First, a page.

"Whatever happens, I implore you, please don’t sign."

"Sign what, Pa?"

"Anything: release forms, power-of-attorney, commitment papers."

"You’ve merely been admitted 'for observation'; relax."

"'Relax!?' With you insisting I’m some sort of senile father-figure?"

"Sorry, Rem."

"'Rem'? Who the hell is 'Rem'?"

His father’s eyes, like two fried eggs, enlarge, refuse to blink, regard their bedside alter-ego as next-of-kin and nemesis:

source of solace / cause for angst
lifelong pal / false foe

the eyes reflecting this duplicity clinical as a calculator,

plotting / pitying
entertaining intrigues / brimming with concern

Will the madness pass, or should he sanction psychotherapy? What to do, in any case, about his father’s private lab—wherein experiments staged defy imagination?




In an unassuming structure one block up from Cuba Street (Wellington’s countercultural quarter), the Falk Foundation stands: two stories high, walls devoid of windows, blood-red brick entangled with run-amok ivy,  ramp and warehouse dock around the back facing a public parking lot, entrance inconspicuous off to the side, where Rockefeller, keys in hand, nervously sorts, applies them, gains admittance to his father’s place of work for the very first time, an eerie aura therein compounding his discomfiture.

Warned to maintain calm by him whose fragile equanimity has been shattered (temporarily?), Rockefeller enters, cues the lights, inserts a card disabling burglar alarms, rests his palm on a scanner, and waits for authorization to gain full admittance.

("How can my palm pass for yours"?,  he had asked of his strapped-down parent, him whose aggravated answer was to wave the question off—as best he could within the grip of hand and foot restraints.)

Equipped with a three page list of step-by-step instructions, his assignment to ensure the lab’s proper shutdown, Rockefeller passes through an antechamber (vacuum-sealed behind him), proceeds down a narrow hall to the door of a massive vault, operates dials and levers to unlock its combination, and, on pulling it open, stands stock-still, in awe.



"You’re not going to believe this, Jo."


"Yeah, it’s me again. Are you anywhere near a module?"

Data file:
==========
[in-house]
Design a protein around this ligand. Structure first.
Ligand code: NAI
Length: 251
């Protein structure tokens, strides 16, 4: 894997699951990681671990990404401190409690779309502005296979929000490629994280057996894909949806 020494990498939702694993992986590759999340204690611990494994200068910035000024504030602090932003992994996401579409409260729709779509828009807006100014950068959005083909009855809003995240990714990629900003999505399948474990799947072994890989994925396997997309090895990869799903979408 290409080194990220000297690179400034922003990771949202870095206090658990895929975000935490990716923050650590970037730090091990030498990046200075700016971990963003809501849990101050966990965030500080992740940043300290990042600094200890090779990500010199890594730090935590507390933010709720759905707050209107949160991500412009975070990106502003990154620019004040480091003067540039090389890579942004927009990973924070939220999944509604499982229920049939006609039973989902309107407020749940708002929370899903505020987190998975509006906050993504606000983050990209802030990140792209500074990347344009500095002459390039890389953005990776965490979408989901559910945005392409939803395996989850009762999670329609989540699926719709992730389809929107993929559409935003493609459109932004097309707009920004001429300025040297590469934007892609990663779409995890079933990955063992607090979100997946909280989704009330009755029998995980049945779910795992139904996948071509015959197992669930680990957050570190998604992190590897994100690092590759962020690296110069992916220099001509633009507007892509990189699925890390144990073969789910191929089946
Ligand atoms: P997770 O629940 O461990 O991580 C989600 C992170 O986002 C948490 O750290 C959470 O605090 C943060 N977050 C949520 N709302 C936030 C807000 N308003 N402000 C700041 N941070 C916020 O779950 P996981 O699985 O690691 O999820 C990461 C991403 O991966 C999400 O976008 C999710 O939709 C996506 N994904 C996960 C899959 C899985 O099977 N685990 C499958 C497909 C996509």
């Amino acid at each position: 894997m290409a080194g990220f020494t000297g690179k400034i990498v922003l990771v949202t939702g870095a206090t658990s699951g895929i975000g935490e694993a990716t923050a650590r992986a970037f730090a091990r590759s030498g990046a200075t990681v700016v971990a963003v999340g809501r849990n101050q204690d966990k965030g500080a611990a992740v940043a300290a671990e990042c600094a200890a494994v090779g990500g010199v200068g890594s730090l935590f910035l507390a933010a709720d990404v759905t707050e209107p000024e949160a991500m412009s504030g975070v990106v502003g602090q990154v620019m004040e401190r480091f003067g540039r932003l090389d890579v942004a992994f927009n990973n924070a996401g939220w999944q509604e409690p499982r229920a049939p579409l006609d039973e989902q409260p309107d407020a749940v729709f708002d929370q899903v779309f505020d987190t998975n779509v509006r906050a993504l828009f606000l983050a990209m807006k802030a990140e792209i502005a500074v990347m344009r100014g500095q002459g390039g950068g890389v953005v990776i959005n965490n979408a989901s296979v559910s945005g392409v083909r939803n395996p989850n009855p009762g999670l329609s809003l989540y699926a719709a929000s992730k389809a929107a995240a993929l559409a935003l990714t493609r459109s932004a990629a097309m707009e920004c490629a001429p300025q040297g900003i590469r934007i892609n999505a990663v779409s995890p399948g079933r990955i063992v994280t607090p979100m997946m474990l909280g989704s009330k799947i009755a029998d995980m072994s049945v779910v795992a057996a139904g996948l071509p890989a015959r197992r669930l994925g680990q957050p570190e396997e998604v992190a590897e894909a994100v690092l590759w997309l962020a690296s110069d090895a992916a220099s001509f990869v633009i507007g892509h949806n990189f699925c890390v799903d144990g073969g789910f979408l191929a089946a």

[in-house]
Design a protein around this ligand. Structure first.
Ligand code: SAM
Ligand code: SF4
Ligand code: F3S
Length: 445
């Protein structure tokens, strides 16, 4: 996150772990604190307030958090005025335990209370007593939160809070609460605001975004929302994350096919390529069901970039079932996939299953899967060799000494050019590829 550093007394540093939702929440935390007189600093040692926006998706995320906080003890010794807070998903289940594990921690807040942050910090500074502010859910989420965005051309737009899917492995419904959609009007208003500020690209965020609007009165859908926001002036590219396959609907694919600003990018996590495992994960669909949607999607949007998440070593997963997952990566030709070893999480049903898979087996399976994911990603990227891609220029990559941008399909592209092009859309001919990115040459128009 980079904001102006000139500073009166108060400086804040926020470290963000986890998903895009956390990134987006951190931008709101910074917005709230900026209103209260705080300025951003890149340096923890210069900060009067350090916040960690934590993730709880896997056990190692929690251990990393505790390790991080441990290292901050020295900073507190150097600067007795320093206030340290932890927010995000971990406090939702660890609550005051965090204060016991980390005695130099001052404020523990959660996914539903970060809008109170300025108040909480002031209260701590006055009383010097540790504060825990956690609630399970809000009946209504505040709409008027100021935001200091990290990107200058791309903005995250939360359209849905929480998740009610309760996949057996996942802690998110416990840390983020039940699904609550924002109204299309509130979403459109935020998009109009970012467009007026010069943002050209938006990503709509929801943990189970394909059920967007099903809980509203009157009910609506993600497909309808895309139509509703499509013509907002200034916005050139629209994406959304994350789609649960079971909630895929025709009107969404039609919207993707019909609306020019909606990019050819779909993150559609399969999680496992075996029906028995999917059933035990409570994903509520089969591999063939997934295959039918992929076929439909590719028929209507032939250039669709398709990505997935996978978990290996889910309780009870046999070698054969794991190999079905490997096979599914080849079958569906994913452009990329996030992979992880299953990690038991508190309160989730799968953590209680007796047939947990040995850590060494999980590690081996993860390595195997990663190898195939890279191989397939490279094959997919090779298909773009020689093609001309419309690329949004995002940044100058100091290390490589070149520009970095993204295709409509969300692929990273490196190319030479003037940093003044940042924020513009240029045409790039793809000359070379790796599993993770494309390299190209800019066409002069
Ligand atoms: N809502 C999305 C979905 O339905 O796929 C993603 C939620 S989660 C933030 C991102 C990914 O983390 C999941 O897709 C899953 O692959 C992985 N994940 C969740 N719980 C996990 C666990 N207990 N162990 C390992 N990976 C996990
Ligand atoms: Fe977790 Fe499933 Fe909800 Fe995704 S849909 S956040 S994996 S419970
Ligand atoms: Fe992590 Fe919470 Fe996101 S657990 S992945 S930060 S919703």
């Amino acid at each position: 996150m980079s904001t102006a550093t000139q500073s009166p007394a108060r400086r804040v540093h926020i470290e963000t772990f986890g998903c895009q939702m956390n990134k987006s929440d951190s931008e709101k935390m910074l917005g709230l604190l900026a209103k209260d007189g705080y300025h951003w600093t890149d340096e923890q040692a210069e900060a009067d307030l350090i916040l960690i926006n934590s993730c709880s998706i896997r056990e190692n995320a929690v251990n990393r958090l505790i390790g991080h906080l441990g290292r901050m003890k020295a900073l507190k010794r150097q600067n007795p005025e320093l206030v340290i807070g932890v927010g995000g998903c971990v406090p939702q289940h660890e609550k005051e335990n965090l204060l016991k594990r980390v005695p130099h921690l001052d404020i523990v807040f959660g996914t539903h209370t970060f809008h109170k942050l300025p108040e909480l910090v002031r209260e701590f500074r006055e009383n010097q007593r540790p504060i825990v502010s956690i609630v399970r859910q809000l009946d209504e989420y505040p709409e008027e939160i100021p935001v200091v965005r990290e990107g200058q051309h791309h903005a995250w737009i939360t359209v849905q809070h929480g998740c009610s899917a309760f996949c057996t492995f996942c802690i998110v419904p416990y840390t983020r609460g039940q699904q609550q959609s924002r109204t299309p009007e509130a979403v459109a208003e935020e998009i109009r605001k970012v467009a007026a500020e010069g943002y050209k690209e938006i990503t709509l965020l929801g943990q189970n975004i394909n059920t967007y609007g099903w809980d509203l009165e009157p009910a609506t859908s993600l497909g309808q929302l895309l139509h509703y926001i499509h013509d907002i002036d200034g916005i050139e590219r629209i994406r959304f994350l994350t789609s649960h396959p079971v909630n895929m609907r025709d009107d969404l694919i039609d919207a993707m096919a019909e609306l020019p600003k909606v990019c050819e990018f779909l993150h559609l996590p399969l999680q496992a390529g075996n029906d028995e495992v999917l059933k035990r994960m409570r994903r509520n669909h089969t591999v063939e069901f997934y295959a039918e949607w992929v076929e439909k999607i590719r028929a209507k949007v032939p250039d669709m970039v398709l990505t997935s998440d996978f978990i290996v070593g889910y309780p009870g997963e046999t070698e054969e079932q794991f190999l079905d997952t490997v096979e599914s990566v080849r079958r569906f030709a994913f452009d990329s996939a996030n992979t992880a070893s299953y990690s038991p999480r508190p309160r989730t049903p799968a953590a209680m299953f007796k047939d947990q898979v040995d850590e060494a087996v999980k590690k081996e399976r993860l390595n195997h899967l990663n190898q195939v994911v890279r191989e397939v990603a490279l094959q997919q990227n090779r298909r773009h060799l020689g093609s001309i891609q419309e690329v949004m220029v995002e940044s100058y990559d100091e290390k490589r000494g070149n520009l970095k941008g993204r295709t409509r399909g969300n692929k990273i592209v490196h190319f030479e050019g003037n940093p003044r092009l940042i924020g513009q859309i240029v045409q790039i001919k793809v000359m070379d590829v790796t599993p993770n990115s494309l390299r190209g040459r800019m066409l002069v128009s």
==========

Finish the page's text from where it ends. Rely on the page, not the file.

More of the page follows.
"What’s going on? Where are you?"

"Link your cell to the monitor and press 'record.'"

"How’s your father? Is that a hospital you’re in?"

"Just do it!"

"I am, I am. I’m walking to the den. I’m turning the damn thing on. Where are you? What’s that stuff I see in the background? Christ, you’re not at some morgue, I hope!"

"Are you hooked up or not?"

"Yes, yes, yes. Hold your pee. There. You’re crystal clear. So what’s the big surprise?"

"Is this recording?"

"Oh. No. Hold on. Okay, we’re fused. The disc is in. Posterity will... Oh, my God, my God, my God, are those for real or what!?"

"They’re not prostheses.’"

"They're flesh and blood?"

       "Pa’s Body Shop—
Spare Parts Anonymous."

"That's the grossest thing I've seen in my whole unsheltered life. Is he there with you?"

"Rem, you mean? He's under observation at some high-end sanatorium, limbs somewhat restricted, not unlike theirs."

                                                                "Good grief!"



"And his."

"Oh, yuk!’"





"And its."

"How sick; that’s horrible! They’re alive?"

"Pickled mostly. But
some appear to be breathing."

 "Are they...?"   

"Conscious? Well, I’ve tapped on the glass of a few—like this."

"My God; she flinched!"

"I thought that, too, but no; so far, the full-grown ones don't really react. If their brains are the least bit functional, they perform only autonomic duties. As for the less developed specimens, they’re numb as nuts on Novocain. Speaking of which..."

"Please don’t. It’s hardly the time. What are you going to do?"

"Well... I guess what I’m supposed to do."

"Which is?"

"Put this place on ice. Pa, in spite of lapses into schizophrenic gibberish, managed to fill me in on how things operate. I guess the life supports are programmed to perform without assistance. I’m to check supplies of nutrients, top off..."

"Stop. Rewind. Rethink. You’re going to act as an accessory after the fact? Have you gone bonkers? Look around you, Fell. I’m sorry to say this, but your father’s off his rocker. His are crimes against humanity. Yours, if you assist him, make you an accomplice. He’ll get off by reason of insanity. You’ll do cold hard time."

"I can’t just put the skids on a man’s life's-work."

"You can if that life's work is against the law! Call the cops, is my advice, and boogie on out of there!"

"No can do.”

Rockefeller disconnects, stows his camcorder cell, refers to the list of tasks, and does his father’s bidding.




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